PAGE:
We’ve seen some changes recently, however. New and used car prices appear to be leveling off due to inflation and high interest rates—so fleet managers aren’t guaranteed to get the same amount of money for their used fleet vehicles that they would have gotten three years ago.

Is it still a good time to sell used cars?

In 2020 and 2021, it was particularly effective to purchase used cars, due to the impact the pandemic had on new car production. With fewer vehicles being manufactured due to shutdowns and supply chain issues, demand for used vehicles was way up.

However, fleet owners are in a precarious position when it comes to selling their used cars today—because even if they can get a good price for remarketing their vehicles, they might still struggle to get new models to replace them. Ordering constraints for new vehicles have been a major issue for fleet managers over the last two years; as a result, the life cycle of fleet vehicles has been extended (and proper maintenance has become even more important).

Now, as manufacturers are finally catching up on production and delivering vehicles following long delays, the used cars that should have been replaced and remarketed twelve to eighteen months ago are flooding the market—with more wear and tear and higher mileage than usual, lowering their value. That being said, if you have used cars to remarket, “the sooner you can sell, the better,” says Matthew Gast, director of remarketing and vehicle valuation at Mike Albert. “Even though the market is settling, you’ll still be getting a higher amount for your vehicles than you would have had the pandemic not happened—especially if you’ve been performing appropriate maintenance to keep your fleet in top condition.”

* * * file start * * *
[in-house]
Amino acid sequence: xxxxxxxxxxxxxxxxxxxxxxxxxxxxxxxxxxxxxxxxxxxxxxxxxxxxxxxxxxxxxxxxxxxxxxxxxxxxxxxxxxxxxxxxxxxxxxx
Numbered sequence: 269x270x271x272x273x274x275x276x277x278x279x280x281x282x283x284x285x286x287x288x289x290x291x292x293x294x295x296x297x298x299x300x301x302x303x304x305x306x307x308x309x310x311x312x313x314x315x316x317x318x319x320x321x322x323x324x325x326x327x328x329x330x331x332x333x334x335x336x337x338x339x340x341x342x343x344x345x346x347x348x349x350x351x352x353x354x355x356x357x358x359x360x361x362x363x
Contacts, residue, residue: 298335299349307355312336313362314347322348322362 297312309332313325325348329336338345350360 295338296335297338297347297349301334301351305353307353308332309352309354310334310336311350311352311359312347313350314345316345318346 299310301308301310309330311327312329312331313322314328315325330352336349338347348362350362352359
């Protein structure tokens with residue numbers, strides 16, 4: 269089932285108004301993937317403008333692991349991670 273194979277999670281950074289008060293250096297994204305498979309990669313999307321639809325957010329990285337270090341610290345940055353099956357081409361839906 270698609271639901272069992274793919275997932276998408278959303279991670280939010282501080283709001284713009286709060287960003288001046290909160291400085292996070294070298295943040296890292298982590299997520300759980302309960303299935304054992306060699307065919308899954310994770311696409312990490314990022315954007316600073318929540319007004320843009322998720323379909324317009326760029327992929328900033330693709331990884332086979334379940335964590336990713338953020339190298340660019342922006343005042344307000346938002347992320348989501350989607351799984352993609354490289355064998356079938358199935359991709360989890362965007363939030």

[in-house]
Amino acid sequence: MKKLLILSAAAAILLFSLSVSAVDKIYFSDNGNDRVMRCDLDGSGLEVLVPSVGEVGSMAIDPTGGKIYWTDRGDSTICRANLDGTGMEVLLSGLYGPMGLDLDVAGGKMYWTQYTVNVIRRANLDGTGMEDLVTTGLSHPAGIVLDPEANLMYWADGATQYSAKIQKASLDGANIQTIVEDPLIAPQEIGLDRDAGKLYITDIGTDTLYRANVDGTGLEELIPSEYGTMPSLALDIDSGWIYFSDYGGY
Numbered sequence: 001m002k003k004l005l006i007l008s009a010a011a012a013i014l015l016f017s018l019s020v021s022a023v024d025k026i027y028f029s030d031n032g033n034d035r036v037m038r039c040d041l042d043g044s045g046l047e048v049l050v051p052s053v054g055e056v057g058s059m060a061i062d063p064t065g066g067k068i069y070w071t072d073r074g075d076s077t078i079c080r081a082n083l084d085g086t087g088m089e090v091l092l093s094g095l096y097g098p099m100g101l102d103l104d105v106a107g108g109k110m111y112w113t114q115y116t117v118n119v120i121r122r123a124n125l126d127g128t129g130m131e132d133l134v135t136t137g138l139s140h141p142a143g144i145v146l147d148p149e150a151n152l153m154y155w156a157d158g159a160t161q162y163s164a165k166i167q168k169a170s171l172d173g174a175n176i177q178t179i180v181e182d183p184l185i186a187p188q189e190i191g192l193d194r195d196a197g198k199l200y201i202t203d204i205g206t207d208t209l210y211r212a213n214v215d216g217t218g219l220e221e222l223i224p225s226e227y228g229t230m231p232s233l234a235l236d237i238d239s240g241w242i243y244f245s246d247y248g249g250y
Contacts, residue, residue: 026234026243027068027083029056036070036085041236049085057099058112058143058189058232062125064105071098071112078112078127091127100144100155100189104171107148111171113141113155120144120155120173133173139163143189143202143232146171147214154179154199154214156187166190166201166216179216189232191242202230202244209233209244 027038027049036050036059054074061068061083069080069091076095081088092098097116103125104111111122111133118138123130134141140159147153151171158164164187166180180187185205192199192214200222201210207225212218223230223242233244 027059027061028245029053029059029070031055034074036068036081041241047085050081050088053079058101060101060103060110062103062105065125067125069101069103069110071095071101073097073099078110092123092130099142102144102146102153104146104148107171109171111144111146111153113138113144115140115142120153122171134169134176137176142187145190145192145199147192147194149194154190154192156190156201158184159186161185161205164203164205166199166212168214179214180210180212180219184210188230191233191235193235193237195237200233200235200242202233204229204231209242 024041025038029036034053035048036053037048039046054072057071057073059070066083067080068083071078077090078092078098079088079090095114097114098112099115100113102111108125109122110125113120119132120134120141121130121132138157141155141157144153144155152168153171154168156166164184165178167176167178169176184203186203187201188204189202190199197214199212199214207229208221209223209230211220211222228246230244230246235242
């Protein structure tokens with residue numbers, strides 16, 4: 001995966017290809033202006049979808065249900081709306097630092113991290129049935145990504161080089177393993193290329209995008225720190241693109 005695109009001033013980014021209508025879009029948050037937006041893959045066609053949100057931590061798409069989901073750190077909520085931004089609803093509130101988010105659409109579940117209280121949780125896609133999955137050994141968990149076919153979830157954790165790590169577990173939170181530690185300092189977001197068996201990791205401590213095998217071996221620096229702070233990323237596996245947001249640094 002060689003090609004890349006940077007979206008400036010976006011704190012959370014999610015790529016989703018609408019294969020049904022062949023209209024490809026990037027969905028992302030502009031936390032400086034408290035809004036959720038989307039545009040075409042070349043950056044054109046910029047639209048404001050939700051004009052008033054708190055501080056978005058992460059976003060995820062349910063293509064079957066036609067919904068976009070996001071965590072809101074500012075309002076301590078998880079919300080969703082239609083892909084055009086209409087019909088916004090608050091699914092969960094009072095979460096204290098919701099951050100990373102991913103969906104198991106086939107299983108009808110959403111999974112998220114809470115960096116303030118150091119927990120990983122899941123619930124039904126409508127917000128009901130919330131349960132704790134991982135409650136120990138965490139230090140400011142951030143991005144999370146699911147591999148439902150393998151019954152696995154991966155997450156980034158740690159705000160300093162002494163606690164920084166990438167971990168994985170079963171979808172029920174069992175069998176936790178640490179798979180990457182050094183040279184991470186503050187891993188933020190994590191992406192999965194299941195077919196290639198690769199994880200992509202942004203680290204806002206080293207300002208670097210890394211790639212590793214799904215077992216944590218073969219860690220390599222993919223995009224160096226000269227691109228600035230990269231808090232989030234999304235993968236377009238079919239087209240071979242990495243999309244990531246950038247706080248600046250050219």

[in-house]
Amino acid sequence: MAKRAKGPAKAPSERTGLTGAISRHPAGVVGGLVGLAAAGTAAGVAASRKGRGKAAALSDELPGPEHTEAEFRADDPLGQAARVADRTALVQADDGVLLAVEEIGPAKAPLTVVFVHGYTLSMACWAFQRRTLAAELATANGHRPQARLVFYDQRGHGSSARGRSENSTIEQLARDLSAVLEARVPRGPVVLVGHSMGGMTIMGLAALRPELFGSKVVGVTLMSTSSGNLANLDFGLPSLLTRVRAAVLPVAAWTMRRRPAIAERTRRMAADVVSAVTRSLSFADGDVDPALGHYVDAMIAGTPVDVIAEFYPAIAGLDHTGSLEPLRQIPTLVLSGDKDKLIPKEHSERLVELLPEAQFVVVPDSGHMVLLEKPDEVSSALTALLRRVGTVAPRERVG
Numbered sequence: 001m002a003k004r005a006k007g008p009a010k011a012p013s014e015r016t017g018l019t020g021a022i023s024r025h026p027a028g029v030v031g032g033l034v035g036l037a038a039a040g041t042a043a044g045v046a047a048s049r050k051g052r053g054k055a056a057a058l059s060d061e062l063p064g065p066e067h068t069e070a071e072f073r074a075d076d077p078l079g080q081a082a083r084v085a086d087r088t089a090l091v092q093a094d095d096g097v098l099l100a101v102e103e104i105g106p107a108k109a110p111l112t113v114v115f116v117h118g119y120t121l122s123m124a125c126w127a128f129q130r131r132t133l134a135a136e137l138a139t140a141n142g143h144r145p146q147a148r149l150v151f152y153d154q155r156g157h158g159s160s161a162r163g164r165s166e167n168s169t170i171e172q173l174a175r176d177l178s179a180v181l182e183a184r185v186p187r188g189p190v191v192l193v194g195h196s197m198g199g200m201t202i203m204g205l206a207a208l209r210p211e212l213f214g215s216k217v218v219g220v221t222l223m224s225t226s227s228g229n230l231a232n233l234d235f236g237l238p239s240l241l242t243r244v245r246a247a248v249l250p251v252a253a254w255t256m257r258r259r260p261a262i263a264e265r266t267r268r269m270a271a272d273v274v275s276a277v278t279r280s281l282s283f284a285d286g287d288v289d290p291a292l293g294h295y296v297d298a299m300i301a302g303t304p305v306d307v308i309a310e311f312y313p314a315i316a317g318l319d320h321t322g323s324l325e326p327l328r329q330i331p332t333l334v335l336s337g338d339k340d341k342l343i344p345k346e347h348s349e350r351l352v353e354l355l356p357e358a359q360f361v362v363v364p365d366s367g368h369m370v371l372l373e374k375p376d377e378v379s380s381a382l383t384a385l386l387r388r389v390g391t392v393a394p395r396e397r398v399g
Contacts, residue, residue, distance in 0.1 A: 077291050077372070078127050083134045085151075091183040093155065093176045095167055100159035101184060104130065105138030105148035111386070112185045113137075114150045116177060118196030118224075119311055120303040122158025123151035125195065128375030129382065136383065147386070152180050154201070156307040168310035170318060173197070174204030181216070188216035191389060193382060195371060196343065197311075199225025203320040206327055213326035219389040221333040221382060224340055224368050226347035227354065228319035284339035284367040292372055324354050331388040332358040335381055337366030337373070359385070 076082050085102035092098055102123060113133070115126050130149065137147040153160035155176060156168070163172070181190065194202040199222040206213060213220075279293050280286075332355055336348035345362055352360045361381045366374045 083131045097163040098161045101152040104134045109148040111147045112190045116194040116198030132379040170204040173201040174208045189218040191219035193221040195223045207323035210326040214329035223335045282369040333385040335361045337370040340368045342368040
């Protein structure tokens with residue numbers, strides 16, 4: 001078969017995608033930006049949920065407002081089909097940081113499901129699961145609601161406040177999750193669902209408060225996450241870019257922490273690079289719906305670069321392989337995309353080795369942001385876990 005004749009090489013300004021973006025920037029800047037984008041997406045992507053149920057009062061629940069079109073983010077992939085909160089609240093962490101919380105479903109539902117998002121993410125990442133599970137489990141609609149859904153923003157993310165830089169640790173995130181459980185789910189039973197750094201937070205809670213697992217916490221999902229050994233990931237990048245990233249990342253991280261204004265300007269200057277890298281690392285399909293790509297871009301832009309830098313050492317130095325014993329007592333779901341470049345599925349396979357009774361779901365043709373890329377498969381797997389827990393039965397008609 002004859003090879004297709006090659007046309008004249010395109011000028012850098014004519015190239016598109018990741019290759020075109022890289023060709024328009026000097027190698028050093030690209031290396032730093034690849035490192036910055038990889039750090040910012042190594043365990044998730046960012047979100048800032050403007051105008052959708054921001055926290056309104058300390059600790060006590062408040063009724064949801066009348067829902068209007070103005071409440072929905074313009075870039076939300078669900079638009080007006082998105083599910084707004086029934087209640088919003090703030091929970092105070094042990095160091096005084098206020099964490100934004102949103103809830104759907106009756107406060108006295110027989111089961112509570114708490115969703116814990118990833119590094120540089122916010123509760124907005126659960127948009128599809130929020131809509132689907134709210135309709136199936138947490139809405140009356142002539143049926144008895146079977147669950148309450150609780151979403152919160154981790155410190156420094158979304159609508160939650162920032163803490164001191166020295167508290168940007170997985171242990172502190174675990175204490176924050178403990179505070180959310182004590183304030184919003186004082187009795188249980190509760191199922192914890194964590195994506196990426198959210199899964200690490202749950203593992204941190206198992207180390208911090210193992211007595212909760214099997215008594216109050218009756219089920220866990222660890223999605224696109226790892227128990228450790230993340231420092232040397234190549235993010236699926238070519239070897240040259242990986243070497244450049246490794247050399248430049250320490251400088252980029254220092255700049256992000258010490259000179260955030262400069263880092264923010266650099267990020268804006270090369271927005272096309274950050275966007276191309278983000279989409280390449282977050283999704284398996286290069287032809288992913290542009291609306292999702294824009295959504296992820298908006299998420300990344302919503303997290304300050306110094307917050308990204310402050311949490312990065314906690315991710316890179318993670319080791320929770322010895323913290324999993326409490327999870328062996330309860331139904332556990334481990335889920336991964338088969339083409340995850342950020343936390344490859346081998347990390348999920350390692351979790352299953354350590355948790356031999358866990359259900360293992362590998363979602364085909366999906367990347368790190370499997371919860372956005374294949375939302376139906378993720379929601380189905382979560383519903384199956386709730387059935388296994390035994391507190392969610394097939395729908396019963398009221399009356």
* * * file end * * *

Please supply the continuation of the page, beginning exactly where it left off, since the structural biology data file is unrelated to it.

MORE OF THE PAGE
Find a company that makes a difference

You should be as thoughtful and strategic about the disposal of your vehicle as you are about acquiring it in the first place. But getting the best return on your used car sales might as well be a full-time job. For many people, it is. Fleet management companies and remarketing partners have the know-how on industry benchmarks, trends and connections to get the best bang for your buck.